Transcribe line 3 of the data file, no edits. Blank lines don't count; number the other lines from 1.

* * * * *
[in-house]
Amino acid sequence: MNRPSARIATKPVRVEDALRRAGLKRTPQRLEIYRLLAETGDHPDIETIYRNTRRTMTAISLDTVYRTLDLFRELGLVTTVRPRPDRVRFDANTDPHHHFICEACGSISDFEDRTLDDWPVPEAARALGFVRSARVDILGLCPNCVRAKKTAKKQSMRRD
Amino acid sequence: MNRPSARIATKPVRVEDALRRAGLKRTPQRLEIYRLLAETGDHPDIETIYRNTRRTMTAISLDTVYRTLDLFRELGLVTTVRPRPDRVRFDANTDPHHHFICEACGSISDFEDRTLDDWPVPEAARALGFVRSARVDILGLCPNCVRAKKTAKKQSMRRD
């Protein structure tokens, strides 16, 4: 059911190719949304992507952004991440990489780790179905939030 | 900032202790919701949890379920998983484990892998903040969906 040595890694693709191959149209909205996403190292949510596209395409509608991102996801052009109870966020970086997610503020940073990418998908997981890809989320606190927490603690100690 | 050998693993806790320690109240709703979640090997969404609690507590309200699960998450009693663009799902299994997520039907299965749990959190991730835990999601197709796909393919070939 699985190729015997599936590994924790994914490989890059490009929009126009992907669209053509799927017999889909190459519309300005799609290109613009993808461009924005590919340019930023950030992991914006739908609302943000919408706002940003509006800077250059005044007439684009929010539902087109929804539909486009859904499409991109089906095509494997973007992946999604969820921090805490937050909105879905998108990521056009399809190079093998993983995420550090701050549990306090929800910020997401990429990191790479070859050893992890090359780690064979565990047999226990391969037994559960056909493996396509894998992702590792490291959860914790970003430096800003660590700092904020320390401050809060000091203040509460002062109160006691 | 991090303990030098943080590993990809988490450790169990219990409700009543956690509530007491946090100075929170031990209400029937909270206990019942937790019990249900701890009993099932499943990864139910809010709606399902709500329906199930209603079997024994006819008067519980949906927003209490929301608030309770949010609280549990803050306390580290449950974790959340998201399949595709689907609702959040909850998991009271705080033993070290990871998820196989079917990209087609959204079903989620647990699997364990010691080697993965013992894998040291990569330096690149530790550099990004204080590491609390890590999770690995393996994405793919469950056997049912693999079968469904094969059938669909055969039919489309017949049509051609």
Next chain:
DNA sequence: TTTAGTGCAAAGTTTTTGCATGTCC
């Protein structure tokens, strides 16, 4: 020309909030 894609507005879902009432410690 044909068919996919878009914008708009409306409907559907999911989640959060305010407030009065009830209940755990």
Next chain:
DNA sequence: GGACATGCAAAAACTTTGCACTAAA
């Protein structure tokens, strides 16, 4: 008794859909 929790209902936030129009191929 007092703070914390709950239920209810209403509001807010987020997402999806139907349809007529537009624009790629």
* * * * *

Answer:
Amino acid sequence: MNRPSARIATKPVRVEDALRRAGLKRTPQRLEIYRLLAETGDHPDIETIYRNTRRTMTAISLDTVYRTLDLFRELGLVTTVRPRPDRVRFDANTDPHHHFICEACGSISDFEDRTLDDWPVPEAARALGFVRSARVDILGLCPNCVRAKKTAKKQSMRRD